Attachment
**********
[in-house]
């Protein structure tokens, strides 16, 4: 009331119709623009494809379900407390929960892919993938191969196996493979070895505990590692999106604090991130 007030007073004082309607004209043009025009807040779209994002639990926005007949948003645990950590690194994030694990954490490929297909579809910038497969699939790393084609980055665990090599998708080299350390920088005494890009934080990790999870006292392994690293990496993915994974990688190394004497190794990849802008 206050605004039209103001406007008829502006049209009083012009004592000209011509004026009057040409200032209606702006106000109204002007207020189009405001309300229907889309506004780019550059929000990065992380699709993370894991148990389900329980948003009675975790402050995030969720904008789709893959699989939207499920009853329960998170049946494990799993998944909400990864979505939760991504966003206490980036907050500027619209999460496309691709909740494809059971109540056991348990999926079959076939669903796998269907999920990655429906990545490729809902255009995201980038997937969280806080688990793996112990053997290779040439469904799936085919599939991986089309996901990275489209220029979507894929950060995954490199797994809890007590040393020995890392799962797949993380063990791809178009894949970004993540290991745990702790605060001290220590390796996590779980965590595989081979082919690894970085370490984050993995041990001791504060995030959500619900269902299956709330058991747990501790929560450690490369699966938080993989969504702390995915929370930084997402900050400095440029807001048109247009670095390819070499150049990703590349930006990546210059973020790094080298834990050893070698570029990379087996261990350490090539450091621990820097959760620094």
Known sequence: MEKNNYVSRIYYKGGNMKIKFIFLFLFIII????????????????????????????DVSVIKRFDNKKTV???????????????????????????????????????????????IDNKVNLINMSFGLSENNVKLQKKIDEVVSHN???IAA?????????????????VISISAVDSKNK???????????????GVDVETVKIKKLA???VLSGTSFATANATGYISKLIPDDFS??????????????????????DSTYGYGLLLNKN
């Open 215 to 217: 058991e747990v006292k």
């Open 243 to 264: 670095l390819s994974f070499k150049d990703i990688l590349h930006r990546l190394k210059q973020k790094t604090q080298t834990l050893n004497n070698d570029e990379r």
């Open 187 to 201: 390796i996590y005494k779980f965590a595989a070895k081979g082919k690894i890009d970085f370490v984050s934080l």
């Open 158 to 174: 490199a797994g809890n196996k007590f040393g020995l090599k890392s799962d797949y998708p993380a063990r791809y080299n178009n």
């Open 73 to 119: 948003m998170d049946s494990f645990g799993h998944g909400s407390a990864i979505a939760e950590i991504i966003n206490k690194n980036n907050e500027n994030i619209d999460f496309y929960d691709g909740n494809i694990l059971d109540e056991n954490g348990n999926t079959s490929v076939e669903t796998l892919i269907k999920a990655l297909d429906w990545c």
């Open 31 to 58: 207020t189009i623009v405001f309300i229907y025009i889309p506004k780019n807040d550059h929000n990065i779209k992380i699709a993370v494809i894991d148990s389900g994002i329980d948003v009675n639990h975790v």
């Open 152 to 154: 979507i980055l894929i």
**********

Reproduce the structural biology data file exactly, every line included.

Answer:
[in-house]
């Protein structure tokens, strides 16, 4: 009331119709623009494809379900407390929960892919993938191969196996493979070895505990590692999106604090991130 007030007073004082309607004209043009025009807040779209994002639990926005007949948003645990950590690194994030694990954490490929297909579809910038497969699939790393084609980055665990090599998708080299350390920088005494890009934080990790999870006292392994690293990496993915994974990688190394004497190794990849802008 206050605004039209103001406007008829502006049209009083012009004592000209011509004026009057040409200032209606702006106000109204002007207020189009405001309300229907889309506004780019550059929000990065992380699709993370894991148990389900329980948003009675975790402050995030969720904008789709893959699989939207499920009853329960998170049946494990799993998944909400990864979505939760991504966003206490980036907050500027619209999460496309691709909740494809059971109540056991348990999926079959076939669903796998269907999920990655429906990545490729809902255009995201980038997937969280806080688990793996112990053997290779040439469904799936085919599939991986089309996901990275489209220029979507894929950060995954490199797994809890007590040393020995890392799962797949993380063990791809178009894949970004993540290991745990702790605060001290220590390796996590779980965590595989081979082919690894970085370490984050993995041990001791504060995030959500619900269902299956709330058991747990501790929560450690490369699966938080993989969504702390995915929370930084997402900050400095440029807001048109247009670095390819070499150049990703590349930006990546210059973020790094080298834990050893070698570029990379087996261990350490090539450091621990820097959760620094």
Known sequence: MEKNNYVSRIYYKGGNMKIKFIFLFLFIII????????????????????????????DVSVIKRFDNKKTV???????????????????????????????????????????????IDNKVNLINMSFGLSENNVKLQKKIDEVVSHN???IAA?????????????????VISISAVDSKNK???????????????GVDVETVKIKKLA???VLSGTSFATANATGYISKLIPDDFS??????????????????????DSTYGYGLLLNKN
């Open 215 to 217: 058991e747990v006292k």
């Open 243 to 264: 670095l390819s994974f070499k150049d990703i990688l590349h930006r990546l190394k210059q973020k790094t604090q080298t834990l050893n004497n070698d570029e990379r």
């Open 187 to 201: 390796i996590y005494k779980f965590a595989a070895k081979g082919k690894i890009d970085f370490v984050s934080l």
């Open 158 to 174: 490199a797994g809890n196996k007590f040393g020995l090599k890392s799962d797949y998708p993380a063990r791809y080299n178009n």
């Open 73 to 119: 948003m998170d049946s494990f645990g799993h998944g909400s407390a990864i979505a939760e950590i991504i966003n206490k690194n980036n907050e500027n994030i619209d999460f496309y929960d691709g909740n494809i694990l059971d109540e056991n954490g348990n999926t079959s490929v076939e669903t796998l892919i269907k999920a990655l297909d429906w990545c």
């Open 31 to 58: 207020t189009i623009v405001f309300i229907y025009i889309p506004k780019n807040d550059h929000n990065i779209k992380i699709a993370v494809i894991d148990s389900g994002i329980d948003v009675n639990h975790v």
């Open 152 to 154: 979507i980055l894929i």